Prevalence of depersonalization and derealization experiences in a rural population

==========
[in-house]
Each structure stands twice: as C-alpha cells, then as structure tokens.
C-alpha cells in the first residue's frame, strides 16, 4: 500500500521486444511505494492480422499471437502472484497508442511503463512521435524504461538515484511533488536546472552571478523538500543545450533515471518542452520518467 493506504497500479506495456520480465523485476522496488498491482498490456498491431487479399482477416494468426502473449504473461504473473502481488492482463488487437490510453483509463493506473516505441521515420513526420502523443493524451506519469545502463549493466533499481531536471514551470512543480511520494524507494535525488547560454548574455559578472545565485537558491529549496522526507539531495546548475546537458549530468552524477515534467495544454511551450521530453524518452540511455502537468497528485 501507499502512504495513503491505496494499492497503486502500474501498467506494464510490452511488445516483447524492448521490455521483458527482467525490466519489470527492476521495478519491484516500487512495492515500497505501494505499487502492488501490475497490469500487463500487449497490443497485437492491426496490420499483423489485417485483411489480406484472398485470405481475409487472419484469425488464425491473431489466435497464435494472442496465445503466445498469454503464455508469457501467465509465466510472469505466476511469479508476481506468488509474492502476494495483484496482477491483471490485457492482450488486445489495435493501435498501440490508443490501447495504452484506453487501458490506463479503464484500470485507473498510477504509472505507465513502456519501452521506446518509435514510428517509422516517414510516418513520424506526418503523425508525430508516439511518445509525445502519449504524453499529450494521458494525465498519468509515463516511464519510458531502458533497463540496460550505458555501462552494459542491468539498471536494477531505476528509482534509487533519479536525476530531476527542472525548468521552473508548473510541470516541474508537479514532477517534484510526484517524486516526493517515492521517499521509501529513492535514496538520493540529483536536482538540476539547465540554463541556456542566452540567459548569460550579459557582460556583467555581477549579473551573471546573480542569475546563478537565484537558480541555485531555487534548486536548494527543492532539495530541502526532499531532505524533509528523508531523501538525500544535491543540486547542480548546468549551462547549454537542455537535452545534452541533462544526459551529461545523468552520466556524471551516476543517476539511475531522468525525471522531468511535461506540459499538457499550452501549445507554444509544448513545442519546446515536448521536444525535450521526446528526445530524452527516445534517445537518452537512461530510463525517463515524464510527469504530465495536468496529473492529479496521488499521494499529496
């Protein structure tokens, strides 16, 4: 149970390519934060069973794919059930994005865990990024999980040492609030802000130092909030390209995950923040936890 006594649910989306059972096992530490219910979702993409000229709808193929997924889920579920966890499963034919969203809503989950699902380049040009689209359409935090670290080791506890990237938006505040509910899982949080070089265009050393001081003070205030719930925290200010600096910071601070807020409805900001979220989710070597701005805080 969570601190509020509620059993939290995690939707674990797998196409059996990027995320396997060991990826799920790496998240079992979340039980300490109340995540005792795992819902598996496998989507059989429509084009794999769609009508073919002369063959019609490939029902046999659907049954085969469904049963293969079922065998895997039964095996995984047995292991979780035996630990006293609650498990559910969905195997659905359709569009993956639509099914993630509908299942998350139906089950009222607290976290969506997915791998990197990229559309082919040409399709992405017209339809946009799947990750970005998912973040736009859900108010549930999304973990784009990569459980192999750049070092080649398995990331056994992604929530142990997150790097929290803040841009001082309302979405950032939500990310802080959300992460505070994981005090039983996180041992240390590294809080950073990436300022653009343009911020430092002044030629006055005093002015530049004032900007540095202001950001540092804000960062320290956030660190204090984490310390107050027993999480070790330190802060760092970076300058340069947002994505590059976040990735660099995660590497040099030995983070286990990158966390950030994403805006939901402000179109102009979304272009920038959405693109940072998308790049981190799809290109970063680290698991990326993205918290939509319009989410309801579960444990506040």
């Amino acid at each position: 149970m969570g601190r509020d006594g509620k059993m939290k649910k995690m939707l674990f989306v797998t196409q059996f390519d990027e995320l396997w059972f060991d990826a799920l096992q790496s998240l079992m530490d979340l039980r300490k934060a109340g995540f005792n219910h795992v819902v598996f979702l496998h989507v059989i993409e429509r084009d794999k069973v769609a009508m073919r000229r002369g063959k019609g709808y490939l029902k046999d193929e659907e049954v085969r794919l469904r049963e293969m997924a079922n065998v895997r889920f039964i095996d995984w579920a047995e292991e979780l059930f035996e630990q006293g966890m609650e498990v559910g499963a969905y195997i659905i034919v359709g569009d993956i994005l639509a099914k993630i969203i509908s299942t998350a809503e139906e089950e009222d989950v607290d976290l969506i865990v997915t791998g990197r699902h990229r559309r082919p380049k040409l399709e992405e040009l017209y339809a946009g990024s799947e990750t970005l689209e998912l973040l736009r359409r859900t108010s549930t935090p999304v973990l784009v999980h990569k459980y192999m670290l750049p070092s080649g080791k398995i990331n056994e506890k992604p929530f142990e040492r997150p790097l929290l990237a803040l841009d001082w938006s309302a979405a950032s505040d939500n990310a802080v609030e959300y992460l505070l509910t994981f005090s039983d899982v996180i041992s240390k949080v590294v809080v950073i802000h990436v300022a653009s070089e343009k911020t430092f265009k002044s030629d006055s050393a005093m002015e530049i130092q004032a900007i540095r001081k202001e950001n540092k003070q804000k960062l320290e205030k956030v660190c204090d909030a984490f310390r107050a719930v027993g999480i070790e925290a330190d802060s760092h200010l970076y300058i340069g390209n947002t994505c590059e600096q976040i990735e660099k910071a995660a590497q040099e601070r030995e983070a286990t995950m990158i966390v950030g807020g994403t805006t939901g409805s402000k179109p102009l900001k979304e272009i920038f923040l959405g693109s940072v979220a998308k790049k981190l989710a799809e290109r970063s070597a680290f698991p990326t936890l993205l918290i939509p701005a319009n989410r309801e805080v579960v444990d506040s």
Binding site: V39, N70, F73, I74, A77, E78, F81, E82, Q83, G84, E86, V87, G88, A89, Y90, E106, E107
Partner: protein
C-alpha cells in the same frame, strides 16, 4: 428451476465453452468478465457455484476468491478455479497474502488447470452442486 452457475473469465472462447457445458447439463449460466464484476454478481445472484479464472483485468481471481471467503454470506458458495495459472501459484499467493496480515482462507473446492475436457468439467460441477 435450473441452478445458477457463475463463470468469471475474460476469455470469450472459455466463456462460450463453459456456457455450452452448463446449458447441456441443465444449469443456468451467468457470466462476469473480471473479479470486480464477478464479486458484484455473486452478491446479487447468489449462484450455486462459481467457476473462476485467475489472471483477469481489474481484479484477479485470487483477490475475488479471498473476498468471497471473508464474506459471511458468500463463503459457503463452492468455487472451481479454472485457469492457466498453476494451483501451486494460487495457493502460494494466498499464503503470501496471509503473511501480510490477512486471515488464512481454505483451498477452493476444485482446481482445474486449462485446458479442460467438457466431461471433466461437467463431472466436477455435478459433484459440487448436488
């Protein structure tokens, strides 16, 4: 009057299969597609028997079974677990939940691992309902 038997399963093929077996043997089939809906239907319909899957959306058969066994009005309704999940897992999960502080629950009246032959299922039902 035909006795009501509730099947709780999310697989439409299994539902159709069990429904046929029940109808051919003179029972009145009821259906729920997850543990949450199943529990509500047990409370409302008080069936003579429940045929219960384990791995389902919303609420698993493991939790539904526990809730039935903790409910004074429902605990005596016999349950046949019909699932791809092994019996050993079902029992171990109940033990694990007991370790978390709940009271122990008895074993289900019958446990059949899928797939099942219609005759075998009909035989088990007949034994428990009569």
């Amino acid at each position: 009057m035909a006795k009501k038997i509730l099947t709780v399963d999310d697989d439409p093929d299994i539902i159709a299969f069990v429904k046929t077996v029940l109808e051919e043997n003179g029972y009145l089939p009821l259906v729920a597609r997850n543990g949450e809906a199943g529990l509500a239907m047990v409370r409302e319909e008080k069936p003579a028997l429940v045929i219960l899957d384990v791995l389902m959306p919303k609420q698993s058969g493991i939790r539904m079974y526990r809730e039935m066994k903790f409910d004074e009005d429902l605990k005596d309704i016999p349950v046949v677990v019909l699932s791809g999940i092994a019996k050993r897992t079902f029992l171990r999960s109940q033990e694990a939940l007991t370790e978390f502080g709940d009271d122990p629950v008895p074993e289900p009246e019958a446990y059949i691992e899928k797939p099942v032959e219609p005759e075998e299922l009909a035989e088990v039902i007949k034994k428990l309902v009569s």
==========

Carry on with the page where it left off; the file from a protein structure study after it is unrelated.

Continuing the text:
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Background: Dissociative symptoms are common psychiatric symptoms whose prevalence in rural (agricultural) populations is unknown. The present study examines the prevalence of depersonalization and derealization experiences in a southern rural US population as well as socio-demographic and emotional factors associated with these experiences. Method: A random sample of 1008 adults in rural eastern North Carolina completed a survey by telephone, which included questions about experiences of depersonalization or derealization in the past year. Demographic information was gathered on all respondents; for those reporting these dissociative experiences, information on their frequency, duration, and whether they occurred during conditions of danger, severe stress, upsetting memories, nervousness or depression, or for no apparent reason was also elicited. Results: The reported prevalence rates were 19.1% for depersonalization, 14.4% for derealization, and 23.4% for either dissociative experience. Logistic regression showed that women reported a significantly higher rate of dissociative experiences (26.5%) than men (19.5%), (Odds Ratio=1.93, 95% CI= 1.37–2.74), particularly African-American women (29.9%). Experiencing chronic pain (OR=2.96, 95% CI= 2.05–4.28) and irregular church attendance (OR= 1.18, 95% CI=1.07–1.31) were also associated with increased frequency of dissociation. Increasing age (OR=0.73, 95% CI=0.65–0.81) and being employed (OR=0.58, 95% CI=0.39–0.86) were associated with reduced frequency of dissociation. Pain, gender, and age were related to both depersonalization and derealization experiences. Employment and church attendance were related to depersonalization experiences, while ethnic minorities experienced more derealization. Conclusions: A predominantly southern rural population reported a high 1-year prevalence of depersonalization and derealization experiences. The prevalence of dissociation experiences was common in this southern sample, as was found by Ross and colleagues (1990) in an urban population in Canada. Risk factors for depersonalization and derealization experiences had considerable overlap, but differed on several variables suggesting different underlying mechanisms.
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